Sophia Al-Maria: Creation myths are usually hyper-gendered and very binary in their understanding of the beginnings of the world. So, one of the things I was really curious about was what would happen if you tried to break beyond those binaries. Working with Victoria has been exciting also because they’re an incredible writer and performer, so that was where the idea of writing our own myth came from.

Victoria Sin: In all our work together, the idea of science fiction was very important. For the past years, I’ve been thinking about the narratives that surround us every day and how these narratives are deeply entrenched in our psyche. I’m interested in how we create these narratives about ourselves, including about gender and race, the ways in which we think about being human, what we can or can’t do. I did this thing that a lot of sci-fi writers do when Sophia asked me to write a creation myth: it was to think about how the world would start after an apocalypse, like a blank slate. This has been done a lot in literature, for example, in a book which is referenced in the film; Octavia Butler’s Parable of the Sower. It deals with a young black woman who starts a new religion in this post-apocalyptic America which looks scarily similar to how things are currently going. In the opening chapter of the book, a new president has taken over and his slogan is ‘Make America Great Again’. It’s quite spooky.

Apocalyptic scenarios are often depicted as tragic in male-driven science-fiction, but from an intersectional perspective, could there be a positive twist on it?

Sophia Al-Maria: It reminds me of this one line; ‘The apocalypse is just the rich man’s word for apocalypse. The dominant paradigm’s word for revolution.’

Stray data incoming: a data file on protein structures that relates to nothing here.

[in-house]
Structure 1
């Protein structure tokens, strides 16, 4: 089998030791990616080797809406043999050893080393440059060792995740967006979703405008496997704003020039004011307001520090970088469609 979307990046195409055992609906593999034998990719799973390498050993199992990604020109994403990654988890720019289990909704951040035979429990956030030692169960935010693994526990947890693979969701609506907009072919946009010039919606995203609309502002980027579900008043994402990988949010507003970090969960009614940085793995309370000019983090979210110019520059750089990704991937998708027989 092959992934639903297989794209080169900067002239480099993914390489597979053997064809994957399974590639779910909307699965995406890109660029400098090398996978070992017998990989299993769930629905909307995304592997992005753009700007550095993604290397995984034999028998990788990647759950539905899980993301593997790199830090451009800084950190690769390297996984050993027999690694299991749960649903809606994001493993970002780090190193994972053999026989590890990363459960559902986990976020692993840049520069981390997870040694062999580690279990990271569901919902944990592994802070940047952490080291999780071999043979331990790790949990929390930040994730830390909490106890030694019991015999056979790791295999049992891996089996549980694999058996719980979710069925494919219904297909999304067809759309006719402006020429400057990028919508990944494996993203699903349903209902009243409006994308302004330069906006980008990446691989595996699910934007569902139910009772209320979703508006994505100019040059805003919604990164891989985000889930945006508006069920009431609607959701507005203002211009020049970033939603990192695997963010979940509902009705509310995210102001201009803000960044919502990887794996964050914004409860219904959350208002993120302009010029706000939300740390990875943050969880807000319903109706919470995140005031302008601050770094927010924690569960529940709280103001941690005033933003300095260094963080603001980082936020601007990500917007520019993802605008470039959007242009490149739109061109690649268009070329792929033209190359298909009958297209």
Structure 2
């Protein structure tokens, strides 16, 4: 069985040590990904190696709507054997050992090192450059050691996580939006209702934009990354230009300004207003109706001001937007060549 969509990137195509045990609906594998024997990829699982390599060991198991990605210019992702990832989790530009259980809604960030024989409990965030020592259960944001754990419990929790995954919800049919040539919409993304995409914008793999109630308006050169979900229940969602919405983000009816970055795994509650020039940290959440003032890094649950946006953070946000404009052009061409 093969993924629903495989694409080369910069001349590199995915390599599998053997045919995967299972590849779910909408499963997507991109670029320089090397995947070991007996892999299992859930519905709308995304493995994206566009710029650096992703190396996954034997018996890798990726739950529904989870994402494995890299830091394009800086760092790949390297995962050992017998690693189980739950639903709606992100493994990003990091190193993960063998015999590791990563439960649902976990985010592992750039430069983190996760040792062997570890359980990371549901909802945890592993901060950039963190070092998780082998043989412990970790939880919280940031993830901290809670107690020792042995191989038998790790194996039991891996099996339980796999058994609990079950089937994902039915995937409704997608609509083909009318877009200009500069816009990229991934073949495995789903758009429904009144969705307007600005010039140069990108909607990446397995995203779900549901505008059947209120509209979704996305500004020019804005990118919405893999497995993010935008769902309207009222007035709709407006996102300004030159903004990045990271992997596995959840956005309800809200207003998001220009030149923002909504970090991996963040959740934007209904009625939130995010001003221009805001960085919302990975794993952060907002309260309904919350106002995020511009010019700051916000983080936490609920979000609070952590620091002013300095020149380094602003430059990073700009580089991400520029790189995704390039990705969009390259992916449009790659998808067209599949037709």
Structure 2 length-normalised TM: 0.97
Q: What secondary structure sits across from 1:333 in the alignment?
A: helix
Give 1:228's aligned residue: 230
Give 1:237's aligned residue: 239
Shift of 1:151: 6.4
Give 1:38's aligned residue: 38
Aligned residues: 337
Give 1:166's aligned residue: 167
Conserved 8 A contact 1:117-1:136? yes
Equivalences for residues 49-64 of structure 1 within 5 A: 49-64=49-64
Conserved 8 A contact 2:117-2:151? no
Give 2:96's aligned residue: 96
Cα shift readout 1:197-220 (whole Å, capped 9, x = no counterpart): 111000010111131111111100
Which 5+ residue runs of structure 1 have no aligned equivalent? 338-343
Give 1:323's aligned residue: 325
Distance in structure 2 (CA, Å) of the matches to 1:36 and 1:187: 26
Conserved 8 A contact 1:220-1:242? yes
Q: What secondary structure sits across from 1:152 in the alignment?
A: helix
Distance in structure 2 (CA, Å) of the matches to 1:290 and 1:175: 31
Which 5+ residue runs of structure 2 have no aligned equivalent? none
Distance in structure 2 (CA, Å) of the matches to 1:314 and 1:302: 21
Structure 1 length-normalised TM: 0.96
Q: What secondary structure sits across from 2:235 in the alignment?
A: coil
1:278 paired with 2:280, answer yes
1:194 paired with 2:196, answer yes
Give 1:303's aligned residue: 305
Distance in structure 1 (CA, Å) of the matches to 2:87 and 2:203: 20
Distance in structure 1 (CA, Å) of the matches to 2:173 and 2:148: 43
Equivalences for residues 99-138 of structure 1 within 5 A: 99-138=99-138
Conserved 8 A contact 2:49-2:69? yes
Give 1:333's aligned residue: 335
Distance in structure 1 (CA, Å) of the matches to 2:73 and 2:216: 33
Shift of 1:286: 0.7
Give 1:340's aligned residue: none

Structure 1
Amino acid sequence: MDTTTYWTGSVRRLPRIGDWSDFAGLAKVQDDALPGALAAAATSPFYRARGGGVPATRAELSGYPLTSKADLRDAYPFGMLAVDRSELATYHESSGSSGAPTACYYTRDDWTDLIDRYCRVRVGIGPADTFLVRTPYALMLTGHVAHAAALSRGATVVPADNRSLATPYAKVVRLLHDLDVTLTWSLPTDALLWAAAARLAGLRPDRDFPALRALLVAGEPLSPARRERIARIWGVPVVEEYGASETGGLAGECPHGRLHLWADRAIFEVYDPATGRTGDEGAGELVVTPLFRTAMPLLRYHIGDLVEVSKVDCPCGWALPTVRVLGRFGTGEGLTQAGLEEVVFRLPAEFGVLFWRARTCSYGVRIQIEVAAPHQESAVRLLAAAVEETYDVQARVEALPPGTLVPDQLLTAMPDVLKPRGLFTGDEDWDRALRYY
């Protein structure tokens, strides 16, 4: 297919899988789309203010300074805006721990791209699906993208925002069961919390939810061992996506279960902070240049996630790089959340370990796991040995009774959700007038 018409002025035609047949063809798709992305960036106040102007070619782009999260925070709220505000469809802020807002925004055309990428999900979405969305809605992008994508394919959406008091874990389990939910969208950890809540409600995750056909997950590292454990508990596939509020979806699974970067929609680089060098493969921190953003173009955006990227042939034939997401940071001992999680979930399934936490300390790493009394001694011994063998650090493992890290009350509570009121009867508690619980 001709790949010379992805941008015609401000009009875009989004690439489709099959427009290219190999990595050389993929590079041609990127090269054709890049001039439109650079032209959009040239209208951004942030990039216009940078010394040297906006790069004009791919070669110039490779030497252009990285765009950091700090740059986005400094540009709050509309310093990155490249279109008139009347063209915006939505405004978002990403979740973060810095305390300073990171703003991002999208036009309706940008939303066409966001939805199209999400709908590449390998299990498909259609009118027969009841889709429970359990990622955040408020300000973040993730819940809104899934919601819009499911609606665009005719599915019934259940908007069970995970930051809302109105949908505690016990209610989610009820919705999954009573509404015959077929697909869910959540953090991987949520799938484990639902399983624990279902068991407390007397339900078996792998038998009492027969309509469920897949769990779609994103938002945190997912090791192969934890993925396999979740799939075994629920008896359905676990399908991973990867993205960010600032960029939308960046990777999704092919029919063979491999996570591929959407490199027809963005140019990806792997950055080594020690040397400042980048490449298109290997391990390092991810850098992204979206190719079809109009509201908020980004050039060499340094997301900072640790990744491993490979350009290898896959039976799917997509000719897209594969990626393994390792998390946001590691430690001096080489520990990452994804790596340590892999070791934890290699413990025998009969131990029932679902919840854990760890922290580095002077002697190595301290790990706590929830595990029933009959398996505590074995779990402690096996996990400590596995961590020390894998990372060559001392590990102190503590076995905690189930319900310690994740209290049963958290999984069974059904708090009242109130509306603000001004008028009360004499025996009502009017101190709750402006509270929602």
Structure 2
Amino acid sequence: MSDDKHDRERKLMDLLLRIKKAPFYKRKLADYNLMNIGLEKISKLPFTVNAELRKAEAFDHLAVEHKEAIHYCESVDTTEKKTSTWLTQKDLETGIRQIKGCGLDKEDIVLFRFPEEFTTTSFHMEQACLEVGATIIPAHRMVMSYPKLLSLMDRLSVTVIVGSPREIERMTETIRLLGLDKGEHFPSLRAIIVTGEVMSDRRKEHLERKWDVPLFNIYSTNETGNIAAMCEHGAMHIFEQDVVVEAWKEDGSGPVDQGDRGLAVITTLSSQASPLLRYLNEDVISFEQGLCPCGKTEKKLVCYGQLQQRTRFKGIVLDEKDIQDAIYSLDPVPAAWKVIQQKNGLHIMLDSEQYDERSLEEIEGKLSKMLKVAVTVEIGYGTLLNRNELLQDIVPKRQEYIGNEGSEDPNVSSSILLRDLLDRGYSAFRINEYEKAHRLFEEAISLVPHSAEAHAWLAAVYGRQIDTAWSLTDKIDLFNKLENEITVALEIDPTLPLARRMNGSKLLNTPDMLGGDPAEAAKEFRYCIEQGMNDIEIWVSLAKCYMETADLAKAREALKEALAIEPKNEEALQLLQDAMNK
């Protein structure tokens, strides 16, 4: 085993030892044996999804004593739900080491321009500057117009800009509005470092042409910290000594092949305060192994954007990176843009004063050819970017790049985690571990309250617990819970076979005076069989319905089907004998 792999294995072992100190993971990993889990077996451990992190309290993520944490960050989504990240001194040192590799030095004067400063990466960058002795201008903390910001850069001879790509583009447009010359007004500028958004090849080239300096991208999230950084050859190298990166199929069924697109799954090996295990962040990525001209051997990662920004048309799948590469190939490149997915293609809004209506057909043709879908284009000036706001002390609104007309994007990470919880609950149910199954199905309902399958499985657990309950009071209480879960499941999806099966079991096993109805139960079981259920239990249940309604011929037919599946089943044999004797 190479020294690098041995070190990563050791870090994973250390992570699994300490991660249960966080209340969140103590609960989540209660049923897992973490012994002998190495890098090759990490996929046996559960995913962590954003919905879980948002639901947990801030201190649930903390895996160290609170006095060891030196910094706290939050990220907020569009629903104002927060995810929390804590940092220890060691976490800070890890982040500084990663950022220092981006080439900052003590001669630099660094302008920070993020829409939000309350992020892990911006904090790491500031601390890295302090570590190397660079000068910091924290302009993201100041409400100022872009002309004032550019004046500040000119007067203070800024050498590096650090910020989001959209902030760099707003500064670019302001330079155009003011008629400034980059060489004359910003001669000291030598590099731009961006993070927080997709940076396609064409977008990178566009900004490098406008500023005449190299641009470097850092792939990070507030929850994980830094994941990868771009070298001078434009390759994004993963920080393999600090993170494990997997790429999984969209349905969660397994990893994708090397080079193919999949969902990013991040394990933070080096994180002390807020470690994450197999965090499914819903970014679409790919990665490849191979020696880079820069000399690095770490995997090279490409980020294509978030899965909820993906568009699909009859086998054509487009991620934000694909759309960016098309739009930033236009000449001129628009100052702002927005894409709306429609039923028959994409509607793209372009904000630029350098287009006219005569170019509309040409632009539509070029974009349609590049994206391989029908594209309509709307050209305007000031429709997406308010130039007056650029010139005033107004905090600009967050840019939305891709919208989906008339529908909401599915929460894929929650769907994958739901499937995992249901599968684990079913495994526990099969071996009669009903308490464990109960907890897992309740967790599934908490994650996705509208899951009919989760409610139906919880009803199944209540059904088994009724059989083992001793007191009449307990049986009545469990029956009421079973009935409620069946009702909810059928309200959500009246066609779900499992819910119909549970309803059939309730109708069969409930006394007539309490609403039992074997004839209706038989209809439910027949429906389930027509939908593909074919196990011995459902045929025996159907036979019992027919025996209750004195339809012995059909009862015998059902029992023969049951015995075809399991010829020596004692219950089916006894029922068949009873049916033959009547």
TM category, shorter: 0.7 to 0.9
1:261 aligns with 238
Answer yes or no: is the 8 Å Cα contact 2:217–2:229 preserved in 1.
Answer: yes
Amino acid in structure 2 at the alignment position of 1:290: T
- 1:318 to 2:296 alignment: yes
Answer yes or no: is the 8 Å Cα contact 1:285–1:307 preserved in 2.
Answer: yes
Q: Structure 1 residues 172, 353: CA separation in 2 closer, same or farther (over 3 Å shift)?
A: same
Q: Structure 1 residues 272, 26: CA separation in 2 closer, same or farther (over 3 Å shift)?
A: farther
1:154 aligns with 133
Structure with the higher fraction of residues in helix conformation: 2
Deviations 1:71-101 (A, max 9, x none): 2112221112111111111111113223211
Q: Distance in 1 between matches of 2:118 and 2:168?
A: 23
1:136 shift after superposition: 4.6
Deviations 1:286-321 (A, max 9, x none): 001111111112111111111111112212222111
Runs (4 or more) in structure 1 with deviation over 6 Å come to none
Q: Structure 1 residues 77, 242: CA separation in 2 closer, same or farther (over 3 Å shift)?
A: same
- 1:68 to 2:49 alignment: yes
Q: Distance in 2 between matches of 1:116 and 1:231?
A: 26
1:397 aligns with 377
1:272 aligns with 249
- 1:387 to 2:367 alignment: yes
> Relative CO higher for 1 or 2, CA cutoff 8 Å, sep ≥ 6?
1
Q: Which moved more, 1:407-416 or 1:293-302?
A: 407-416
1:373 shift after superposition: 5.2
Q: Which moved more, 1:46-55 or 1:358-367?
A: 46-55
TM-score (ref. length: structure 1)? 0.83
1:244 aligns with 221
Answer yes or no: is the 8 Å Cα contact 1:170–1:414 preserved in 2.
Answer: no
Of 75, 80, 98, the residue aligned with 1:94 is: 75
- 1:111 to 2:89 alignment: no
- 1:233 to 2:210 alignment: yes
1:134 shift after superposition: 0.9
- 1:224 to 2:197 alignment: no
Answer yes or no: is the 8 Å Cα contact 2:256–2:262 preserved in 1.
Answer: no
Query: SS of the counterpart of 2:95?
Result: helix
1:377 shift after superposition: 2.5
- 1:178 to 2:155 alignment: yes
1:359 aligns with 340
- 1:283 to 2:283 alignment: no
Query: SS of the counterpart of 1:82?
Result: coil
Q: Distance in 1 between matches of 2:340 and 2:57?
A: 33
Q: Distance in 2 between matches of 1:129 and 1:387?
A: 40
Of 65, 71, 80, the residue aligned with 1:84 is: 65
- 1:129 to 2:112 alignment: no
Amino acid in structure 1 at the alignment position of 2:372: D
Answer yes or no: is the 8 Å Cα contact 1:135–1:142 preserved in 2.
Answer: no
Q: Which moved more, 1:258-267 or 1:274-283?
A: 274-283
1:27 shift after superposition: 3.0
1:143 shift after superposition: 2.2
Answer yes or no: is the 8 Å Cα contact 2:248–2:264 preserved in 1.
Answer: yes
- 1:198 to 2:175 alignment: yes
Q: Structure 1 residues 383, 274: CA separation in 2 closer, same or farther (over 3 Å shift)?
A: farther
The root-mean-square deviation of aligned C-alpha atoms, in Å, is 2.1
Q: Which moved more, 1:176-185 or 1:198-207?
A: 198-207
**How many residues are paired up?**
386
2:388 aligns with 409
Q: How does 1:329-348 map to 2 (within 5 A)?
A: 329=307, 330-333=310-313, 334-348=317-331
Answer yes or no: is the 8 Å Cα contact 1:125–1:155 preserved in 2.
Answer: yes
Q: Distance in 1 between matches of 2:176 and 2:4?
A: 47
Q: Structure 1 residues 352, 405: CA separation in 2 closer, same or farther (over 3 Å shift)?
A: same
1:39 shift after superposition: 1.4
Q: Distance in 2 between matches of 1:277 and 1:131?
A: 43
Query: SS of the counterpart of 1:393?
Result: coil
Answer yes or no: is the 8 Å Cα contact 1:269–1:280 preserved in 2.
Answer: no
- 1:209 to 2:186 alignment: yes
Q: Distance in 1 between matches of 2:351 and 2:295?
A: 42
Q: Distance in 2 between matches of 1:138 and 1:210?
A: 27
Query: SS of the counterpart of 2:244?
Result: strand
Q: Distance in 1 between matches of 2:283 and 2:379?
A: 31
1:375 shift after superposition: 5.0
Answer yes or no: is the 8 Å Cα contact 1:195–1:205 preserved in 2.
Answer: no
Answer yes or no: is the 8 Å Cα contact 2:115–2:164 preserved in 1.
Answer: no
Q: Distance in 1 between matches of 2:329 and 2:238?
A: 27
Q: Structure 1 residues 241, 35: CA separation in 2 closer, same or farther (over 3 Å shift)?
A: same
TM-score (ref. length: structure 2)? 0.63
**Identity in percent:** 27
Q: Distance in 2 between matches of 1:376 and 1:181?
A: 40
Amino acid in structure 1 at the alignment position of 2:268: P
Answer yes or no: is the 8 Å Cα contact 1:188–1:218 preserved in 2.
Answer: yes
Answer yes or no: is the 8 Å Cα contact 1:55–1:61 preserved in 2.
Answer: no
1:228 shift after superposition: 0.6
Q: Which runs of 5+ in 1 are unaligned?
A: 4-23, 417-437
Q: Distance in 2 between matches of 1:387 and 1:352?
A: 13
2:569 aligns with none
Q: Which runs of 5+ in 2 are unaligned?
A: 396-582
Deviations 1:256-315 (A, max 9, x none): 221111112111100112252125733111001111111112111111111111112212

I don’t use the metaphor of  ‘apocalypse’ as a negative thing. It’s obviously a negative thing for the people who have power or who have something to lose. But for those who have nothing to lose, letting go, and dissolving essentially into the crowd or into molecules, is actually liberation. These death/rebirth cycles are part of our ancient ancestral stories. That was the natural order of things; the destruction, the death always preceding the birth.

Victoria Sin: I agree. With the end of the world comes with a lot of space and possibility. I like exploring the idea of how we would recreate ourselves from scratch. Would we even be humans? Would we just be dissolved bacteria and molecules?

The film you did together has a strong visual ethos. Victoria, you’re in drag, performing a monologue in a saturated outer space. What were you visual influences in the making of the two films?

Sophia Al-Maria: Well, I have very bad taste in movies, for sure. I like kitsch, neon, lurid colours. I’ll eat any garbage. That, and Barbarella!

Victoria Sin: Sci-fi B-movies and 90s body horror were a big visual influence, I think. When Sophia told me she wanted to film me in space while in drag, I instantly said ‘YES!’.

What do you hope this body of work conveys to the audience?

Victoria Sin: I hope that the work shows a different way of how things could be, and take people out of their lifestyle for a minute. I hope it puts people in a fantasy realm for a while so that when they back to their normal lives, they can look at it a bit differently. The best thing that I can hope this work does is to show people that we live in a multiplicity of narratives that often contradict each other. Things are incredibly complex rather than binary, and it’s important to seek out to understand this complexity.

Sophia Al-Maria: I agree with that. The key in this particular body of work is creating an island of some kind, a sort of hinterland for people to access. It feels familiar, it operates inside of the structure of these kinds of myths that we’ve all heard before, and yet it’s also disjointed and disturbing the usual parts of these narratives.